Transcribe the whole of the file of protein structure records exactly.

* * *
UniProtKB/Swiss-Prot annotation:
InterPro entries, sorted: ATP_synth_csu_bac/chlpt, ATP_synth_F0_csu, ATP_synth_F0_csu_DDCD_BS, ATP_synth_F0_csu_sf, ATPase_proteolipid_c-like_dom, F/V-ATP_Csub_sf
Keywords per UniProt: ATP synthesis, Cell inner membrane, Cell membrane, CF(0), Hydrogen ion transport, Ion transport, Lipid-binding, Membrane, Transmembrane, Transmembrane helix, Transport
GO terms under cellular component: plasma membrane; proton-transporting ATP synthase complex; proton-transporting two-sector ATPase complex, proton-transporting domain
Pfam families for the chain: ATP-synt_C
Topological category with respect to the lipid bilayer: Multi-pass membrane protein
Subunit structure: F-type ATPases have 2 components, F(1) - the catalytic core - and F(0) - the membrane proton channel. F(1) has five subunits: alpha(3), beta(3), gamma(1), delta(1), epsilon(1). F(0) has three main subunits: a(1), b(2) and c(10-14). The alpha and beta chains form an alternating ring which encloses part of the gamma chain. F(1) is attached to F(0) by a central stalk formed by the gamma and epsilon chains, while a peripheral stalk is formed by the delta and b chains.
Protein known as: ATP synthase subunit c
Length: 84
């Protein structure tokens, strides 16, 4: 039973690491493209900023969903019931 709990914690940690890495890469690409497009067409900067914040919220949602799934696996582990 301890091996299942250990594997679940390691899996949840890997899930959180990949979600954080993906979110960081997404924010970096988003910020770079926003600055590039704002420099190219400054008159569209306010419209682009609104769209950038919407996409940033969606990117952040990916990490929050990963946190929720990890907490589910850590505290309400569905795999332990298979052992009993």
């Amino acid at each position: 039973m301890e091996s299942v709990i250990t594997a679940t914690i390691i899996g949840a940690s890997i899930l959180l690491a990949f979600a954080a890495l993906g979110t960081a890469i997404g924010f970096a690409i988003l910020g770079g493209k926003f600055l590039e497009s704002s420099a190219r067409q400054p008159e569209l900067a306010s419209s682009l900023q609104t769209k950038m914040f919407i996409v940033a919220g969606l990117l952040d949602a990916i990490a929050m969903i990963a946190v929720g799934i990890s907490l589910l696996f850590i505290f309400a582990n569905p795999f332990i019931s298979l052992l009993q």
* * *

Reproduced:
UniProtKB/Swiss-Prot annotation:
InterPro entries, sorted: ATP_synth_csu_bac/chlpt, ATP_synth_F0_csu, ATP_synth_F0_csu_DDCD_BS, ATP_synth_F0_csu_sf, ATPase_proteolipid_c-like_dom, F/V-ATP_Csub_sf
Keywords per UniProt: ATP synthesis, Cell inner membrane, Cell membrane, CF(0), Hydrogen ion transport, Ion transport, Lipid-binding, Membrane, Transmembrane, Transmembrane helix, Transport
GO terms under cellular component: plasma membrane; proton-transporting ATP synthase complex; proton-transporting two-sector ATPase complex, proton-transporting domain
Pfam families for the chain: ATP-synt_C
Topological category with respect to the lipid bilayer: Multi-pass membrane protein
Subunit structure: F-type ATPases have 2 components, F(1) - the catalytic core - and F(0) - the membrane proton channel. F(1) has five subunits: alpha(3), beta(3), gamma(1), delta(1), epsilon(1). F(0) has three main subunits: a(1), b(2) and c(10-14). The alpha and beta chains form an alternating ring which encloses part of the gamma chain. F(1) is attached to F(0) by a central stalk formed by the gamma and epsilon chains, while a peripheral stalk is formed by the delta and b chains.
Protein known as: ATP synthase subunit c
Length: 84
């Protein structure tokens, strides 16, 4: 039973690491493209900023969903019931 709990914690940690890495890469690409497009067409900067914040919220949602799934696996582990 301890091996299942250990594997679940390691899996949840890997899930959180990949979600954080993906979110960081997404924010970096988003910020770079926003600055590039704002420099190219400054008159569209306010419209682009609104769209950038919407996409940033969606990117952040990916990490929050990963946190929720990890907490589910850590505290309400569905795999332990298979052992009993």
């Amino acid at each position: 039973m301890e091996s299942v709990i250990t594997a679940t914690i390691i899996g949840a940690s890997i899930l959180l690491a990949f979600a954080a890495l993906g979110t960081a890469i997404g924010f970096a690409i988003l910020g770079g493209k926003f600055l590039e497009s704002s420099a190219r067409q400054p008159e569209l900067a306010s419209s682009l900023q609104t769209k950038m914040f919407i996409v940033a919220g969606l990117l952040d949602a990916i990490a929050m969903i990963a946190v929720g799934i990890s907490l589910l696996f850590i505290f309400a582990n569905p795999f332990i019931s298979l052992l009993q």